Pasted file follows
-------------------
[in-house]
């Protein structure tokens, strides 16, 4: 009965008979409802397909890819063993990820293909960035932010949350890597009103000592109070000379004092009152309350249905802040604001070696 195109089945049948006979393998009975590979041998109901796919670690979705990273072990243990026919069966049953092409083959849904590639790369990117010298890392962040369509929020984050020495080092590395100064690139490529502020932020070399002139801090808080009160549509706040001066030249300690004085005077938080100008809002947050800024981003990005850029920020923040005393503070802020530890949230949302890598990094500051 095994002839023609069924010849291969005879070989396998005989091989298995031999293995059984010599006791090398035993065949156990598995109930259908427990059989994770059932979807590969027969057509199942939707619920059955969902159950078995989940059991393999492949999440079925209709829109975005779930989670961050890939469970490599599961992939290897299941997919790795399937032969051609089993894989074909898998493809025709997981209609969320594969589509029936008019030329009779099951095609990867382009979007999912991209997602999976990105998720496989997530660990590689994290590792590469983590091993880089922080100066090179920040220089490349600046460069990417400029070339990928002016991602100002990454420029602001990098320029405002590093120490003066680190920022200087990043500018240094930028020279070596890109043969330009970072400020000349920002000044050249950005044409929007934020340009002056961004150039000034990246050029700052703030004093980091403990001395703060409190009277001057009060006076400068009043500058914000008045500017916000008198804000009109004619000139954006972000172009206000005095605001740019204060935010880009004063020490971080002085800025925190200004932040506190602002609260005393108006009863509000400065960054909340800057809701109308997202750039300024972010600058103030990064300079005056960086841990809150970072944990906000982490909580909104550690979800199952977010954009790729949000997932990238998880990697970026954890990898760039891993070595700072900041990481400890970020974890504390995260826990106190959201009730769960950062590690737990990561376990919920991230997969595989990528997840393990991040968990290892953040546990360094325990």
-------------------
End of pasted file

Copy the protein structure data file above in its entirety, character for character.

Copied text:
[in-house]
């Protein structure tokens, strides 16, 4: 009965008979409802397909890819063993990820293909960035932010949350890597009103000592109070000379004092009152309350249905802040604001070696 195109089945049948006979393998009975590979041998109901796919670690979705990273072990243990026919069966049953092409083959849904590639790369990117010298890392962040369509929020984050020495080092590395100064690139490529502020932020070399002139801090808080009160549509706040001066030249300690004085005077938080100008809002947050800024981003990005850029920020923040005393503070802020530890949230949302890598990094500051 095994002839023609069924010849291969005879070989396998005989091989298995031999293995059984010599006791090398035993065949156990598995109930259908427990059989994770059932979807590969027969057509199942939707619920059955969902159950078995989940059991393999492949999440079925209709829109975005779930989670961050890939469970490599599961992939290897299941997919790795399937032969051609089993894989074909898998493809025709997981209609969320594969589509029936008019030329009779099951095609990867382009979007999912991209997602999976990105998720496989997530660990590689994290590792590469983590091993880089922080100066090179920040220089490349600046460069990417400029070339990928002016991602100002990454420029602001990098320029405002590093120490003066680190920022200087990043500018240094930028020279070596890109043969330009970072400020000349920002000044050249950005044409929007934020340009002056961004150039000034990246050029700052703030004093980091403990001395703060409190009277001057009060006076400068009043500058914000008045500017916000008198804000009109004619000139954006972000172009206000005095605001740019204060935010880009004063020490971080002085800025925190200004932040506190602002609260005393108006009863509000400065960054909340800057809701109308997202750039300024972010600058103030990064300079005056960086841990809150970072944990906000982490909580909104550690979800199952977010954009790729949000997932990238998880990697970026954890990898760039891993070595700072900041990481400890970020974890504390995260826990106190959201009730769960950062590690737990990561376990919920991230997969595989990528997840393990991040968990290892953040546990360094325990």